Women Suffer More Work Stress Than Men

Women Suffer More Work Stress Than Men

by Madhumathi Palaniappan on  December 31, 2016 at 1:13 PM Health Watch
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Highlights
  • Work-related stress, anxiety and depression are common among women.
  • Women are 1.4 times more stressed from work when compared to men.
  • Work stress for women is mainly due to lack of managerial support and other additional pressures such as housework.
A considerably high level of work-related stress, anxiety and depression are faced by women when compared to men, finds a leading psychiatrist from the City of London.
Women Suffer More Work Stress Than Men

Women between the age of 25-54 are more stressed than their male counterparts. The pressure is too high when they are between the age of 35-44 especially when coping with responsibilities, caring for children and elderly parents.

Dr.Judith Mohring, lead consultant psychiatrist, Priory's Wellbeing Center, City of London, said, Women faced additional workplace pressures, such as having to prove they were as good as men, not being valued or promoted, unequal pay, and being expected to "look the part."

She also added that female managers in male dominated fields found the strain to be intolerable, and their stress levels also increased since their families were more reliant on their income.

According to the statistics published by the Health and Safety Executive which is based on Labor Force Executive, women feel more stressed than men from the age of 25 and continue throughout their career.

The research data collected from a period of three years upto 2016 found men between the age group of 16-24, 25-34, 35-44 were found to have significantly lower rates of work-related stress than average. Higher rates of stress were only seen with men between the age of 45-54, however the rate was not statistically significant.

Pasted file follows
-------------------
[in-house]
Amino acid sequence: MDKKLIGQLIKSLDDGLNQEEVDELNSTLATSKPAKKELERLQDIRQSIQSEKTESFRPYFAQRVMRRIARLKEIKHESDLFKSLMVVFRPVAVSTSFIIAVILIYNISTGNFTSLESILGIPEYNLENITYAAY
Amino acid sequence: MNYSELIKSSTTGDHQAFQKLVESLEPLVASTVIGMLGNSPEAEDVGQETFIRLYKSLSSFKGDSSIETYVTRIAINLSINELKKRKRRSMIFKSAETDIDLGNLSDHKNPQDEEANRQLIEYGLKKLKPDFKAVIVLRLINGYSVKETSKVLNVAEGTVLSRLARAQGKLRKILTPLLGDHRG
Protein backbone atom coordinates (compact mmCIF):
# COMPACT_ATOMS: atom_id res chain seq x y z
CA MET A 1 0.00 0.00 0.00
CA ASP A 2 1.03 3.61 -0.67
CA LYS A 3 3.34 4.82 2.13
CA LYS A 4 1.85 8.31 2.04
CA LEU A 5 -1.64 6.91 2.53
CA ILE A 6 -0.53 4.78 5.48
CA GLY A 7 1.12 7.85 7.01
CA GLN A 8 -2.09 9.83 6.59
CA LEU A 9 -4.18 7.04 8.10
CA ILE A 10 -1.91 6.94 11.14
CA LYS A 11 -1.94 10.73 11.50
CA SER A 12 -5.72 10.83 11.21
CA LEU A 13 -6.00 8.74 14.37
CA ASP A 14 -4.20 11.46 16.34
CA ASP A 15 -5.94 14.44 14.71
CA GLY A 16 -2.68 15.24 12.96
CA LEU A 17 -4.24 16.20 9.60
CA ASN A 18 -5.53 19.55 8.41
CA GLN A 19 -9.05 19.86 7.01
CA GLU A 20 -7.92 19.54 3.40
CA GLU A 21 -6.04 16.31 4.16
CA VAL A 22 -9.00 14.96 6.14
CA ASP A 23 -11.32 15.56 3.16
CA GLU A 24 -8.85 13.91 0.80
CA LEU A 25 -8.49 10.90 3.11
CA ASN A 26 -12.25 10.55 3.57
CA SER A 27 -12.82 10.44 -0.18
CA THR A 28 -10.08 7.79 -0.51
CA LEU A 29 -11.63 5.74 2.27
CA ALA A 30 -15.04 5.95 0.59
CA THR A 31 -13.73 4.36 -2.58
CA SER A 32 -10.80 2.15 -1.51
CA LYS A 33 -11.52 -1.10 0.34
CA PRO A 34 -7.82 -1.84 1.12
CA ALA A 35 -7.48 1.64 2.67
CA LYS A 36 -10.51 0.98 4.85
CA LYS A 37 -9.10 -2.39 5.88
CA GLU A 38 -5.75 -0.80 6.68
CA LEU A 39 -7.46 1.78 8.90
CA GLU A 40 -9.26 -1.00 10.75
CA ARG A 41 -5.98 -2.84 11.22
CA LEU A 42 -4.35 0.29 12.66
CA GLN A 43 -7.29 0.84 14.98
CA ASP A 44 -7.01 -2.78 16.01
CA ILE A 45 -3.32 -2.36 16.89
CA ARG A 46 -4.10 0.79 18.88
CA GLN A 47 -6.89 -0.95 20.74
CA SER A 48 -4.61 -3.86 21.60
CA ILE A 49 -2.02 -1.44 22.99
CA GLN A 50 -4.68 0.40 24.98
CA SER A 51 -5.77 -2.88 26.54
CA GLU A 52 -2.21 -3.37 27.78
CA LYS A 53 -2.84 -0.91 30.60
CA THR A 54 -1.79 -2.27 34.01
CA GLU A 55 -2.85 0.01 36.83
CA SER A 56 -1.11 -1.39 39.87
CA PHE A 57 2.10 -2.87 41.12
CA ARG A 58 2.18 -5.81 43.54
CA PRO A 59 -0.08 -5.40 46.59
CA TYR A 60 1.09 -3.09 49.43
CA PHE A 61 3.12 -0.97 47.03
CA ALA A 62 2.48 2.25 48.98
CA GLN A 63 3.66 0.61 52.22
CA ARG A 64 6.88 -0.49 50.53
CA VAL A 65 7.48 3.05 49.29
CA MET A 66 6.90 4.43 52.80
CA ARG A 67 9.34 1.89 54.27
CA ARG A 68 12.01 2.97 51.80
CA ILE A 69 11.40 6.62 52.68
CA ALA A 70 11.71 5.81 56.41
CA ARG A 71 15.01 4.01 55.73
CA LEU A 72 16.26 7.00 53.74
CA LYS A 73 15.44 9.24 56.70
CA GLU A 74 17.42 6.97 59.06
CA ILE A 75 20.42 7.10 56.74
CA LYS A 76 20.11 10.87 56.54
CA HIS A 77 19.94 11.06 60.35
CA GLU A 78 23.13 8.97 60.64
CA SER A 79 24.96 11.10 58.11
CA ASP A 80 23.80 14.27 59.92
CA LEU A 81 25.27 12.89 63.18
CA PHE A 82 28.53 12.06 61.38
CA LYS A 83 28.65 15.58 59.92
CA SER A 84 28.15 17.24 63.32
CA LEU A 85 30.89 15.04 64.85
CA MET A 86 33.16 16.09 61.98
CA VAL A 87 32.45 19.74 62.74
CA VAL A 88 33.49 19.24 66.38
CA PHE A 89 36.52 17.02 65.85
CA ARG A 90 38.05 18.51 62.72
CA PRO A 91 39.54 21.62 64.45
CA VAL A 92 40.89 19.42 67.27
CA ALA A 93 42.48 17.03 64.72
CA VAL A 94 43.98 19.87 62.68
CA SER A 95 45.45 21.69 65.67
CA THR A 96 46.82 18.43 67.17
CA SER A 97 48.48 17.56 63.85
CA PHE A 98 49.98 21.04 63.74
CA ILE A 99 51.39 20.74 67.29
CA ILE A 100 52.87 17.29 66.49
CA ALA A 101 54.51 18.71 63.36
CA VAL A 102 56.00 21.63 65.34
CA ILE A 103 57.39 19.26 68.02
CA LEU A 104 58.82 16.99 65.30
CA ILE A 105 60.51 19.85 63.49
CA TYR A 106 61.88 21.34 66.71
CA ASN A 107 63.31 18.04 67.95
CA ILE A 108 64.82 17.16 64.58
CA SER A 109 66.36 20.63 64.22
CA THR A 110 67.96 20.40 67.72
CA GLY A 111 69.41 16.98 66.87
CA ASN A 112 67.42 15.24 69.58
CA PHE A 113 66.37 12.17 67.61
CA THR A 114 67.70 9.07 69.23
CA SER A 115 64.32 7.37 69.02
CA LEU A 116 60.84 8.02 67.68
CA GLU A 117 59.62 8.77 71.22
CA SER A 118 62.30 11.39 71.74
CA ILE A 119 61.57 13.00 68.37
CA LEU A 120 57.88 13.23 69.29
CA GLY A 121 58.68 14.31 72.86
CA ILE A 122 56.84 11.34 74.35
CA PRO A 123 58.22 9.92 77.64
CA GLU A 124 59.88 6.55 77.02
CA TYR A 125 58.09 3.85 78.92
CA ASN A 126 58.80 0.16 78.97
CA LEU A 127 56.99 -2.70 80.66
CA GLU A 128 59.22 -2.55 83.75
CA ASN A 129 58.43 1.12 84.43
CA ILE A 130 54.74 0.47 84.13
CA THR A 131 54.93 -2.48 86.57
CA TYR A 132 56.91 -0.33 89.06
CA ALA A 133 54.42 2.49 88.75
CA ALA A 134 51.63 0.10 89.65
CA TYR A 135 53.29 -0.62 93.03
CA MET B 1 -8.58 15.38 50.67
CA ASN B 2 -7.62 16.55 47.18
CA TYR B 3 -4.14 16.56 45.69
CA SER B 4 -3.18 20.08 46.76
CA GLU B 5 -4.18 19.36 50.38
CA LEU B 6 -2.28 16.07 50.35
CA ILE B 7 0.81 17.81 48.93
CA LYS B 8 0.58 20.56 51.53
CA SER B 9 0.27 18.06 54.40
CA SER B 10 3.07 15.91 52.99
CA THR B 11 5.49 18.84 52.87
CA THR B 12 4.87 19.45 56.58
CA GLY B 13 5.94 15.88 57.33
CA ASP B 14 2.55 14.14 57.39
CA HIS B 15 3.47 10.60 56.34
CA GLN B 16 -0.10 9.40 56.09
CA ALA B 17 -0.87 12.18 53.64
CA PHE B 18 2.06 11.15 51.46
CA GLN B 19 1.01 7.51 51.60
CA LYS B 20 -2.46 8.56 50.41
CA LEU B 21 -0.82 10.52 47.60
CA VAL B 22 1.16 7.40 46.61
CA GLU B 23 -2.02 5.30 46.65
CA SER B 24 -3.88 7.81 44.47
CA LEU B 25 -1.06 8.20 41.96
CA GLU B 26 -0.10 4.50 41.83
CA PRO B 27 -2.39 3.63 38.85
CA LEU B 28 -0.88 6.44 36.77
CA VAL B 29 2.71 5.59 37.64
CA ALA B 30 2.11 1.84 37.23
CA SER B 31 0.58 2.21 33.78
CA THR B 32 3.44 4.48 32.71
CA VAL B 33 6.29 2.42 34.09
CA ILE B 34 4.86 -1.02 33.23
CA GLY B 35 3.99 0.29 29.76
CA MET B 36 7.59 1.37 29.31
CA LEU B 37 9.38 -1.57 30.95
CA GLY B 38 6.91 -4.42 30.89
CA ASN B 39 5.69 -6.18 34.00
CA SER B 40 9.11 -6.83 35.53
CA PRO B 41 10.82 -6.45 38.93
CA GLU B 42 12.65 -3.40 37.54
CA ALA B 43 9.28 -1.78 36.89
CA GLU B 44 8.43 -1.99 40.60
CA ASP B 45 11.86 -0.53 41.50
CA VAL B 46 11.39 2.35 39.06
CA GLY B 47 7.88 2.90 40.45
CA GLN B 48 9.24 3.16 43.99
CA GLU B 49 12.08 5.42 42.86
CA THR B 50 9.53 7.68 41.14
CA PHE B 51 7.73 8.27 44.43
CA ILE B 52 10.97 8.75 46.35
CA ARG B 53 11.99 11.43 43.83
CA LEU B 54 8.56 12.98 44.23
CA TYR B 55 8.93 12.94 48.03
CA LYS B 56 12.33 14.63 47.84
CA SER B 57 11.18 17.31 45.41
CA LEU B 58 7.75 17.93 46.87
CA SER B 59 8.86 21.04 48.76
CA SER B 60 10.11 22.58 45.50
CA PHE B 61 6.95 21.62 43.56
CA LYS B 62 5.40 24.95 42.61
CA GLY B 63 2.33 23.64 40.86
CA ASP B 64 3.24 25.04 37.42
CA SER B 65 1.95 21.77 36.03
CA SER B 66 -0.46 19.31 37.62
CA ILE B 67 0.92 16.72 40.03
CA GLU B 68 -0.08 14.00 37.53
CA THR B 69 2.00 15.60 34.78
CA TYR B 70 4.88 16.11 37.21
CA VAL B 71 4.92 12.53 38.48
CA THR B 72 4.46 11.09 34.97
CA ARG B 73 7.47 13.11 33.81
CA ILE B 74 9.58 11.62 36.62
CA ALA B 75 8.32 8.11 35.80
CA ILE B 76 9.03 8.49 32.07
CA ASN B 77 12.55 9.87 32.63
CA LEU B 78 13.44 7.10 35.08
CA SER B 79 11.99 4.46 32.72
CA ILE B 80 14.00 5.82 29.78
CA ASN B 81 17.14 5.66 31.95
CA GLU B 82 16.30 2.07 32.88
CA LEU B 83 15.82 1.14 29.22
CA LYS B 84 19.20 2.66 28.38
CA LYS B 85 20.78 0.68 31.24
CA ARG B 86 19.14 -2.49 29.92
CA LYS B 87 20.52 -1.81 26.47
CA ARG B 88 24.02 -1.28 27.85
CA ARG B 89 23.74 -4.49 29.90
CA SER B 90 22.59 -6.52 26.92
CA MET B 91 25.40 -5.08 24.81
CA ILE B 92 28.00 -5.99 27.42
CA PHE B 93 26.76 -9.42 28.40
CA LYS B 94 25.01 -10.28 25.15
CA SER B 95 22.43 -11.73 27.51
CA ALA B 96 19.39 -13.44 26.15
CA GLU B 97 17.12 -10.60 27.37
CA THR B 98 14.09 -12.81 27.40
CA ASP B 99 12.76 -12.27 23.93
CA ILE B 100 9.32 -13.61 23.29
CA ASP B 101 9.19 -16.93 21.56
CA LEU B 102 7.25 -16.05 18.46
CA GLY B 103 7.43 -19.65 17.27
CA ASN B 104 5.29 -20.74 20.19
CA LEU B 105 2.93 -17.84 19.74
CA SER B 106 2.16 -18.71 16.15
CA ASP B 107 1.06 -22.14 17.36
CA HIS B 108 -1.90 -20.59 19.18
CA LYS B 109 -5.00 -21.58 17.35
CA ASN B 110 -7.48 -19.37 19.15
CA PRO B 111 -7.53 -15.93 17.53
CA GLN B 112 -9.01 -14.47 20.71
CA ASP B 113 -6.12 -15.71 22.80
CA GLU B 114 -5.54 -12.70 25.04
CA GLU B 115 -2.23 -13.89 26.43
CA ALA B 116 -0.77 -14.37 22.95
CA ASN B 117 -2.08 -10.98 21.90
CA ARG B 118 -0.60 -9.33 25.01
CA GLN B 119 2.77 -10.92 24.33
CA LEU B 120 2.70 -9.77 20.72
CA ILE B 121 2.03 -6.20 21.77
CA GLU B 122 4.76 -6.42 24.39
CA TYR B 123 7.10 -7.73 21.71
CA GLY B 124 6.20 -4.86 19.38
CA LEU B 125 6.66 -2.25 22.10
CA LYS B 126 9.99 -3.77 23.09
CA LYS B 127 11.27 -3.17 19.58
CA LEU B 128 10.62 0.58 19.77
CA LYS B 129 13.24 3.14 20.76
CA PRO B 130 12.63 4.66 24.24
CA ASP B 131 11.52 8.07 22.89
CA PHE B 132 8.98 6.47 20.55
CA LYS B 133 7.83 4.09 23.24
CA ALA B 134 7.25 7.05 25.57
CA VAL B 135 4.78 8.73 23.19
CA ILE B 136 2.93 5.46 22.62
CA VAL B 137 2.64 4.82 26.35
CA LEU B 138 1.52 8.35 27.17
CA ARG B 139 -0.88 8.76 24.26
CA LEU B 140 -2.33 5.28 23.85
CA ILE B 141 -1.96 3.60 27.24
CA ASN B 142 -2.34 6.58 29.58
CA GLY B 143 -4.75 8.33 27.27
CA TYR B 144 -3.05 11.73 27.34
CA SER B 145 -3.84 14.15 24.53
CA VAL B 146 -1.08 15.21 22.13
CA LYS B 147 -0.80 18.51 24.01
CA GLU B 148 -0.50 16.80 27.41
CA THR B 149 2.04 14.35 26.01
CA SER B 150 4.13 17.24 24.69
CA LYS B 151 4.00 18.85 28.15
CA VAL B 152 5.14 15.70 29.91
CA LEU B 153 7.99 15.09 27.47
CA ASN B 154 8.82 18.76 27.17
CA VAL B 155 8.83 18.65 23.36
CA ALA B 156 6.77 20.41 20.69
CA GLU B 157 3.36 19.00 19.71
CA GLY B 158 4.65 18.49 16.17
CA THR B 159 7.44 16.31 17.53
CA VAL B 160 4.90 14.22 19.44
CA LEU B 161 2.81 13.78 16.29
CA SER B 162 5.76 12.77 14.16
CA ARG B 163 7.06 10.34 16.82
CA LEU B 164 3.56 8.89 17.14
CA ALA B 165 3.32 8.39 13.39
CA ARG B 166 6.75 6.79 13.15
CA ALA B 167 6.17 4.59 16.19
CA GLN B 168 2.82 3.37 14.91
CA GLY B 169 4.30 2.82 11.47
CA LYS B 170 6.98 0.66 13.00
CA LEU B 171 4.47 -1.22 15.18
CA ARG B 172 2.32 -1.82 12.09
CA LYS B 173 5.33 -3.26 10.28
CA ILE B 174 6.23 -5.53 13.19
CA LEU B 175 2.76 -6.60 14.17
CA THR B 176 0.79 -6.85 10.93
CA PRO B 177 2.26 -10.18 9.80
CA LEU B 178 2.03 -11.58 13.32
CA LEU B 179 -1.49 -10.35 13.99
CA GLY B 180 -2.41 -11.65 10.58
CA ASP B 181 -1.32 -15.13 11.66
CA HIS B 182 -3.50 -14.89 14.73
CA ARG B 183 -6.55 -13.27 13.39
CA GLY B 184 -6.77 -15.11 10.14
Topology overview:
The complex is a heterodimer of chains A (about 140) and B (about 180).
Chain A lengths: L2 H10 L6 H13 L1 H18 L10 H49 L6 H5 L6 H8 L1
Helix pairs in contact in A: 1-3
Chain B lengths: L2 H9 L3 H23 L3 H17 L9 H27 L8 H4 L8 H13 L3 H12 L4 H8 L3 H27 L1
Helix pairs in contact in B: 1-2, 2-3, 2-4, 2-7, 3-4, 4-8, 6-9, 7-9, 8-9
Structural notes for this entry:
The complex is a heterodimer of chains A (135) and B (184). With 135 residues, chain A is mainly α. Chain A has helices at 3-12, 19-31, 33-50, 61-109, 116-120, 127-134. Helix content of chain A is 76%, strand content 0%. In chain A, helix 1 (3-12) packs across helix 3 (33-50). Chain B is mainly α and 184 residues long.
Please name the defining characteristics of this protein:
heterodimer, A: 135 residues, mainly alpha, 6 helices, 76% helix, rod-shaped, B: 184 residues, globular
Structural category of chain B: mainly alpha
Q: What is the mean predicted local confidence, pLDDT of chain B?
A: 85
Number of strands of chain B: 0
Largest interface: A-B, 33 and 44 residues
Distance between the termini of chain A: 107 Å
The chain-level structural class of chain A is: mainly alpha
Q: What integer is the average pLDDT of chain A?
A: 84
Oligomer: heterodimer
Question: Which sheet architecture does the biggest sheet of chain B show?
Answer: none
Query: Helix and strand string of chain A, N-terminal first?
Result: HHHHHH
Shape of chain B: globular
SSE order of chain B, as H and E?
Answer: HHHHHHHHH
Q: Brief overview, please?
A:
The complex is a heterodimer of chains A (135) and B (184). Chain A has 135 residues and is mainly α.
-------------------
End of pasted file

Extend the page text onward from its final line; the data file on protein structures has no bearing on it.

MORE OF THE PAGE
In contrast, women between the age of 25-34, 35-44 and 45-54 had higher levels of stress than average.

The Health Safety and Executive, added, "The occupations and industries reporting the highest rates of work-related stress remain consistently in the health and public sectors of the economy. The reasons cited as causes of work-related stress are also workload, lack of managerial support and organisational change."

Mohring also said, "If companies and organisations are genuinely interested in making their loyal and talented female staff feel less stressed - and I sometimes question if they are - then allowing employees wherever possible to work from home is an important step forward".

"Women are also unhappy about lower pay than men, job insecurity and lack of potential for career progression. And when push comes to shove, in a restructure they often feel that not having had the time to network with senior - often male - bosses puts them at disproportionate risk".

"Endemic uncertainty is built into many workplaces, and women often bear the brunt of that. In truth, many of these changes in organisations actually achieve very little and raise stress rather than productivity - which in itself is counter-productive."

Women were 1.4 times more likely to suffer from stress, anxiety and depression. According to the figures, 272,000 women reported work-related stress when compared to 200,000 men.

Common Sources for Work Stress
  • Excessive Workload
  • Low Income
  • Lack of Managerial Support
  • Confusion in taking Job-related decisions
  • Family responsibilities
Coping With Stress At Work
  • Make time for yourself and relax.
  • Get support from trusted friends and family members.
  • Prioritize work at office
References
  1. Coping with stress at work - (http://www.apa.org/helpcenter/work-stress.aspx )
  2. Simple Ways to Deal with Work Related Stress - (http://www.medindia.net/patients/lifestyleandwellness/simple-ways-to-deal-with-work-related-stress.htm )


Source: Medindia

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